What was on the cover mattered less than what wasn't: there absolutely would not be a gauzy portrait of Jon and the band. "That would have killed us," says Richie, who thinks that "a guy, especially a teenager thirteen to eighteen, who's going through that macho period in their life," would have been turned off by a too-pretty picture of the band. At the same time, restricting the exposure of a group already notoriously good looking had its own titillating effect. "We need to keep a little more mystique," says Doc McGhee, Bon Jovi's manager. "We want to make it a little more mysterious. You don't want to know everything about a band. If you do, you won't want to come to the shows. We've got to keep that myth alive and keep one step ahead of it."
The steps they took obviously worked. Slippery When Wet hit Number One when Bon Jovi was opening for 38 Special in Iowa, and nothing has been the same for them since.
None of the members of Bon Jovi will ever forget the afternoon they spent in the presence of Sammy Davis Jr. They were taping a show for Italian television about Americans of Italian descent, and no one can remember how Sammy Davis figured in the lineup, but he did. He looked kind of lousy at first, shuffling around with a cane and thick glasses, and it was scary to see an entertainer who had enjoyed such success sunk by something as far beyond calculation as old age. But then he threw aside the glasses and cane and – just like that – he turned back into the Sammy Davis Jr. they knew and loved, and he started singing and dancing and acting cool. Jon was impressed. "Sammy Davis Jr.," he says, savoring each part of the name, "an amazing talent, that man."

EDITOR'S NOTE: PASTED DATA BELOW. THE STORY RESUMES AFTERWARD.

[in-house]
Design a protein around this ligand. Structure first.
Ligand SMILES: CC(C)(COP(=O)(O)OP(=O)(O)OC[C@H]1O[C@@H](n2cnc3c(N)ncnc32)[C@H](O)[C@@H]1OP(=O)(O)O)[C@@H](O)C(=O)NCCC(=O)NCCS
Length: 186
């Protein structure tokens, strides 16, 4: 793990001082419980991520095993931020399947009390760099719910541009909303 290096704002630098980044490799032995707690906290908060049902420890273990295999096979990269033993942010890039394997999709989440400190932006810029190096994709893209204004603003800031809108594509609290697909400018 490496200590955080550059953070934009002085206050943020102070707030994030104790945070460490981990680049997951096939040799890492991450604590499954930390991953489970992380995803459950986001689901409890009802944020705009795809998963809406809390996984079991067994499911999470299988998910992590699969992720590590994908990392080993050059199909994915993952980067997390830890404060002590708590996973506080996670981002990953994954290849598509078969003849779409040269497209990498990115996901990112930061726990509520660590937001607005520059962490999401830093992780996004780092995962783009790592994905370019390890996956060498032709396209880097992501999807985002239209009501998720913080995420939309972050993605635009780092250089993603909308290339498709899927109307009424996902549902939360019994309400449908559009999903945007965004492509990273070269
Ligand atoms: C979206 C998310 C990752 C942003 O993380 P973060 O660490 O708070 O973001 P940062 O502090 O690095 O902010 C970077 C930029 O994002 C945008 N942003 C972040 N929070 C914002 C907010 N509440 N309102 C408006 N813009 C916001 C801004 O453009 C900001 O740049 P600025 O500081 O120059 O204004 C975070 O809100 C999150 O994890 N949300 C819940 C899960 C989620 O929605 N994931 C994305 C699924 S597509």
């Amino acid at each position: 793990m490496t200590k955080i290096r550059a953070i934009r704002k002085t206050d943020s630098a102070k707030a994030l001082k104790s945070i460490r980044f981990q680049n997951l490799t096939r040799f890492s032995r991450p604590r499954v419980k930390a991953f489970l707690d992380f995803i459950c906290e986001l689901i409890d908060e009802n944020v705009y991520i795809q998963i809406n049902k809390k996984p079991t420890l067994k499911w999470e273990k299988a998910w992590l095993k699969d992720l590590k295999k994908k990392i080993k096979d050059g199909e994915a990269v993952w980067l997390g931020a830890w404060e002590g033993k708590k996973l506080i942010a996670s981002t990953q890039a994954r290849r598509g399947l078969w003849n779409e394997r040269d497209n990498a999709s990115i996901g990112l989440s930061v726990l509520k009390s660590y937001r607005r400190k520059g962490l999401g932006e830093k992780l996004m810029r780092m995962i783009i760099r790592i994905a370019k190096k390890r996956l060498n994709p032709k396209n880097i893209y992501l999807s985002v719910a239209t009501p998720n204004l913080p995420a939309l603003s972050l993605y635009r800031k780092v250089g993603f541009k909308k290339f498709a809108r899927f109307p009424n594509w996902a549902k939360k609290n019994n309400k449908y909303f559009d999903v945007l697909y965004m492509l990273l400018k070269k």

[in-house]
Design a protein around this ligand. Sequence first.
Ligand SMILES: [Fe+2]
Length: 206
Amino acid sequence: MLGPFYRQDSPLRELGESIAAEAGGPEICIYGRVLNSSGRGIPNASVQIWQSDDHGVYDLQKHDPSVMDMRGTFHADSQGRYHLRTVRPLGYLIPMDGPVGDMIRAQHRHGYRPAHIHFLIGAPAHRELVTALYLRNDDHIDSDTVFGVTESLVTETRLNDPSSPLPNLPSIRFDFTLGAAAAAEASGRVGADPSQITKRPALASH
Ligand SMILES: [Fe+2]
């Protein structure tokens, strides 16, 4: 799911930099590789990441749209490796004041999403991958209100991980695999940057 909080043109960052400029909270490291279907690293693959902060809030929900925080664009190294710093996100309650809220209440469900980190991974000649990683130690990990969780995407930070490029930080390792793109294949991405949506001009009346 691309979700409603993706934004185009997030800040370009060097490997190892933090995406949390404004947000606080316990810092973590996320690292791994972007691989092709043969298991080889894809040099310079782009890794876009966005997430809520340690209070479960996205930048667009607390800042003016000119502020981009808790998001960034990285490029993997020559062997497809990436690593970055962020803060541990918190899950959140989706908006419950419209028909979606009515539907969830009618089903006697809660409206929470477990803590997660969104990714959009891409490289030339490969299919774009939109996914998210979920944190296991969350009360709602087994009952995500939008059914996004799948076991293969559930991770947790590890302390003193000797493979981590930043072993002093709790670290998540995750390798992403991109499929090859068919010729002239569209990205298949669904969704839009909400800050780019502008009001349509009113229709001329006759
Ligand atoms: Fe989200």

Amazing to Bon Jovi in no small part for his longevity. Like all professional entertainers, the boys in Bon Jovi respect people who have served an audience well and for a long time. They intend to do the same, by keeping careful track of their own health and welfare and a careful eye on their consumers. Teenagers, after all, are notoriously fickle, in love with a band one day, off it the next. "Image," says Derek Shulman, "is almost as important as music in the hard-rock genre. It's almost like peer pressure with the young-adult audience. It's not what the songs sound like."
Image is another thing no one in Bon Jovi will ever forget. The band was fighting with PolyGram over what was going to be the next single. PolyGram thought "Never Say Goodbye" would be a gigantic hit. Jon and the other guys insisted on "Wanted Dead or Alive" – not likely to be as big on radio, but they felt it was the right image at the moment. Their concerts – tickets are selling like mad across the country – are drawing sixty-percent female crowds. That makes this a perfect time to release a gruffer, tougher song, like "Wanted," to make peace with the male audience.
No, it's not left to chance. No one in Bon Jovi seems to think that music left to chance might engender something worthwhile. It's like the band's shows: energetic, entertaining set pieces, with great orchestration of lights, action and fireworks, and absolutely nothing unplanned. David, for one, thinks this is exactly the way it ought to be. Kids come expecting a tight, tidy, exciting show, and Bon Jovi is going to give them the very best one around. "It's like a Broadway show," he explains. "There are too many people depending on it to be a certain way. We couldn't do it differently. It's a Broadway show."
So much for spontaneity. And so much for anything else that might jar this fantastically successful organization. Bon Jovi certainly isn't, for instance, going to parlay its power with kids into a forum for raising difficult issues. After all, according to the members of the band – who have made it their business to know these things – kids only want to hear music that's rousing and loud and fun, not songs about bummers like, say, Vietnam. "Kids now don't know what Vietnam was," Jon says, "so why should I write about it?" He stands up and walks slowly, like a man weighed down by fourteen inches of wonderful hair and 7 million records, and he surveys the Smurfs waddling across his screen. He deliberates and then flips the channel. "My attitude is," he says, smiling, "we're prime-time TV."
This story is from the May 21st, 1987 issue of Rolling Stone.